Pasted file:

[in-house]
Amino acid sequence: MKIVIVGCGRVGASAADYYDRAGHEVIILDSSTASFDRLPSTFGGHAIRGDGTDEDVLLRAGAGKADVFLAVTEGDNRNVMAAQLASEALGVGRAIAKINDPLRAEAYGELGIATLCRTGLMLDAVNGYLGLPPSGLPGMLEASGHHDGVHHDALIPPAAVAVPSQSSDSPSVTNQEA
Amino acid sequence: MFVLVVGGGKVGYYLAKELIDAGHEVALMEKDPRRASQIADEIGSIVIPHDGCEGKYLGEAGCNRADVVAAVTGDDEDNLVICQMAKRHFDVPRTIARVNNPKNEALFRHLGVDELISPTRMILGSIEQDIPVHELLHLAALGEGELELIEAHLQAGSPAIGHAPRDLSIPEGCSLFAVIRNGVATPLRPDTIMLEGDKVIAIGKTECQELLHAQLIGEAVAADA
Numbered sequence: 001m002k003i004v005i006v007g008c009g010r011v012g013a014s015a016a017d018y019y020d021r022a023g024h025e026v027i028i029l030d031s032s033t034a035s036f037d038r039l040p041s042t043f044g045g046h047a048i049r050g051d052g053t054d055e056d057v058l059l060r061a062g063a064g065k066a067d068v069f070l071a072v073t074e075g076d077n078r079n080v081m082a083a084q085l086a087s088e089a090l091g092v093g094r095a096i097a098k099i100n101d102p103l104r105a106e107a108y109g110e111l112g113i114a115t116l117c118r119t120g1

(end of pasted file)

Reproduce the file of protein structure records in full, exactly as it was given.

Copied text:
[in-house]
Amino acid sequence: MKIVIVGCGRVGASAADYYDRAGHEVIILDSSTASFDRLPSTFGGHAIRGDGTDEDVLLRAGAGKADVFLAVTEGDNRNVMAAQLASEALGVGRAIAKINDPLRAEAYGELGIATLCRTGLMLDAVNGYLGLPPSGLPGMLEASGHHDGVHHDALIPPAAVAVPSQSSDSPSVTNQEA
Amino acid sequence: MFVLVVGGGKVGYYLAKELIDAGHEVALMEKDPRRASQIADEIGSIVIPHDGCEGKYLGEAGCNRADVVAAVTGDDEDNLVICQMAKRHFDVPRTIARVNNPKNEALFRHLGVDELISPTRMILGSIEQDIPVHELLHLAALGEGELELIEAHLQAGSPAIGHAPRDLSIPEGCSLFAVIRNGVATPLRPDTIMLEGDKVIAIGKTECQELLHAQLIGEAVAADA
Numbered sequence: 001m002k003i004v005i006v007g008c009g010r011v012g013a014s015a016a017d018y019y020d021r022a023g024h025e026v027i028i029l030d031s032s033t034a035s036f037d038r039l040p041s042t043f044g045g046h047a048i049r050g051d052g053t054d055e056d057v058l059l060r061a062g063a064g065k066a067d068v069f070l071a072v073t074e075g076d077n078r079n080v081m082a083a084q085l086a087s088e089a090l091g092v093g094r095a096i097a098k099i100n101d102p103l104r105a106e107a108y109g110e111l112g113i114a115t116l117c118r119t120g1